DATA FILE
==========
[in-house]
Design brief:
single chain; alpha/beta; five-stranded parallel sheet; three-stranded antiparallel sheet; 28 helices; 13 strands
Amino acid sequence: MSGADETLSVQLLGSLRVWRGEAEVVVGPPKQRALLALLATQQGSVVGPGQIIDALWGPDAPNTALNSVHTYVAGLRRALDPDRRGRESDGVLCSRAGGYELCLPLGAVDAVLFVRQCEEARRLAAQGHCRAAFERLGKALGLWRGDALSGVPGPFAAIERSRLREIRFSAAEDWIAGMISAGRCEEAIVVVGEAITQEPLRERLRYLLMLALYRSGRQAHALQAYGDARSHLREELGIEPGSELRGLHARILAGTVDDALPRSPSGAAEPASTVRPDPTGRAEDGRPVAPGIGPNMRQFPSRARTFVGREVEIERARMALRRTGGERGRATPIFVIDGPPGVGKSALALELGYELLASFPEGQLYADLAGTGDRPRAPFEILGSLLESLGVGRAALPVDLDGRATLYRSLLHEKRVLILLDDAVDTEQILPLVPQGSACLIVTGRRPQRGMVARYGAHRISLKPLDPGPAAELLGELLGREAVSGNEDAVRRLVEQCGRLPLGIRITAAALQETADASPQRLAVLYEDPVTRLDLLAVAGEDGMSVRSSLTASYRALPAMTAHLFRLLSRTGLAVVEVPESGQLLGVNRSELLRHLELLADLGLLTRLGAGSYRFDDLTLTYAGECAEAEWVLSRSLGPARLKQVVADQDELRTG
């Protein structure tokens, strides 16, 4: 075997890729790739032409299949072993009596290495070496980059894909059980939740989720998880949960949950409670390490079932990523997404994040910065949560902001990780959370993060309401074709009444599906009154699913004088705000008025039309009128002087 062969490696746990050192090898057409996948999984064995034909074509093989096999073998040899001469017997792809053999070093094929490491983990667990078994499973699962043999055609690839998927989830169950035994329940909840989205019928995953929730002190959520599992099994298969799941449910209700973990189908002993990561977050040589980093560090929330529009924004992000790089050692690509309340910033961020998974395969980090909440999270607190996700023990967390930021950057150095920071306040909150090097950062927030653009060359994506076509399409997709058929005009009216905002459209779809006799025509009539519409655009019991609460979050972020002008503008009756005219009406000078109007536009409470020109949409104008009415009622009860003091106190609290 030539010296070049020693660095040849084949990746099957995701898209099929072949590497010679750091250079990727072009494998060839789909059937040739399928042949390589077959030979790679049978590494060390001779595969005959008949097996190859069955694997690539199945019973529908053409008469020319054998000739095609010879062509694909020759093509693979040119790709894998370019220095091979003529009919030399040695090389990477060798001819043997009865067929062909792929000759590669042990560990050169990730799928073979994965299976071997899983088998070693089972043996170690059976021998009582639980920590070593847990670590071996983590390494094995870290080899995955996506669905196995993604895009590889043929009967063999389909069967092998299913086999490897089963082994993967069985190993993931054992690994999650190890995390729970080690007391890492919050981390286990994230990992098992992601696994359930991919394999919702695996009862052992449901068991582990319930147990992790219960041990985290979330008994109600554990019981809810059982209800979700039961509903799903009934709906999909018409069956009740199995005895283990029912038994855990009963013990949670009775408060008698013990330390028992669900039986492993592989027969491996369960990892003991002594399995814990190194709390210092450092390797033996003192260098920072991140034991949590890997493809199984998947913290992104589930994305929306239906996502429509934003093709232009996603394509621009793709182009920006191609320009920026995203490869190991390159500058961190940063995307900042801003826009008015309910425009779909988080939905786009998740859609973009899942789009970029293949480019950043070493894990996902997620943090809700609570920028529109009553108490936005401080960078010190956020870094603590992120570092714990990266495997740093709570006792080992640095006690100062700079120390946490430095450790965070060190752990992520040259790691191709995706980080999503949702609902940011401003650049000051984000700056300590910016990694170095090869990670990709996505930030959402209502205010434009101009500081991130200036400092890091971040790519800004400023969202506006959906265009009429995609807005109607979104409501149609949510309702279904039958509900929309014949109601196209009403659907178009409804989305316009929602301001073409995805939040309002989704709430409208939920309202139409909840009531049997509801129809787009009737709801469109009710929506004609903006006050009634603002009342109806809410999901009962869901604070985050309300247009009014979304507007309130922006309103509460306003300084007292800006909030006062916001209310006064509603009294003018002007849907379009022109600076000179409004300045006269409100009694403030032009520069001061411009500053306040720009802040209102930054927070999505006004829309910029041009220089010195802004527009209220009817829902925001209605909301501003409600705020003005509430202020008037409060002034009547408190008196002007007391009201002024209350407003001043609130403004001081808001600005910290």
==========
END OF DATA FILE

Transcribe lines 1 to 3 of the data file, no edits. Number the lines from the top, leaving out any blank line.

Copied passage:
[in-house]
Design brief:
single chain; alpha/beta; five-stranded parallel sheet; three-stranded antiparallel sheet; 28 helices; 13 strands